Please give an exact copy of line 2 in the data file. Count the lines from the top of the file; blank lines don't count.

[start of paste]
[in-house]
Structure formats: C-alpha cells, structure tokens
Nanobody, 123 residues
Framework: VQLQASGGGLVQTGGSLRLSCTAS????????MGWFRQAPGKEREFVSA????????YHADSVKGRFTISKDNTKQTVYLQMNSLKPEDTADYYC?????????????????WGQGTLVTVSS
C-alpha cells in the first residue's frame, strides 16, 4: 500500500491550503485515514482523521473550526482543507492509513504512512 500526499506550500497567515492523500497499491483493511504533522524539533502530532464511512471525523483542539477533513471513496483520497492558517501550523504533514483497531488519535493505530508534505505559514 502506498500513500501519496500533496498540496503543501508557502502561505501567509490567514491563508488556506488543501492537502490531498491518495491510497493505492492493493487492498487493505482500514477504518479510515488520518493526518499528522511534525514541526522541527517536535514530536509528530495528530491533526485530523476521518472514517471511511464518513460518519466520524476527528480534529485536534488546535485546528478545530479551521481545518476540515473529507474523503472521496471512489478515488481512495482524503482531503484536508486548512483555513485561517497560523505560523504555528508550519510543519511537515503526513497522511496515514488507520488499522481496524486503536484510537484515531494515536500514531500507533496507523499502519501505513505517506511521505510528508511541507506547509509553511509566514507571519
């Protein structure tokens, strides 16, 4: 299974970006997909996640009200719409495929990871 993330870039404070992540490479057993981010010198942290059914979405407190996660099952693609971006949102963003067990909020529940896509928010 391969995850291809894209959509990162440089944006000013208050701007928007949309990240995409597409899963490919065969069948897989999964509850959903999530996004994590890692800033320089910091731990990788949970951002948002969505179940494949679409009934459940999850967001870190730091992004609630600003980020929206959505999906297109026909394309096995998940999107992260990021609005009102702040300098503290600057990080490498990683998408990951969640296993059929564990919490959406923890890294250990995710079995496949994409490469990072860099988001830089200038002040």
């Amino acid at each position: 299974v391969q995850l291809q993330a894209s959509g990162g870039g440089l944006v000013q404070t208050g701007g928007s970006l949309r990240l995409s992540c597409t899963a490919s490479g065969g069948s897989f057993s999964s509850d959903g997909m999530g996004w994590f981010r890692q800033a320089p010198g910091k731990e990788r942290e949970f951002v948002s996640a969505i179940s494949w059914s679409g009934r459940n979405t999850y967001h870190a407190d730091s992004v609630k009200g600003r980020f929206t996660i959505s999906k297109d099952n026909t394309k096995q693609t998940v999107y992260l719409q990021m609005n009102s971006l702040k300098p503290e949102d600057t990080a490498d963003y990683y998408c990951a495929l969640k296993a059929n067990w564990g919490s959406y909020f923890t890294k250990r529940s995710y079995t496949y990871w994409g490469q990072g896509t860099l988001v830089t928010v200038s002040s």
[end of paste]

Structure formats: C-alpha cells, structure tokens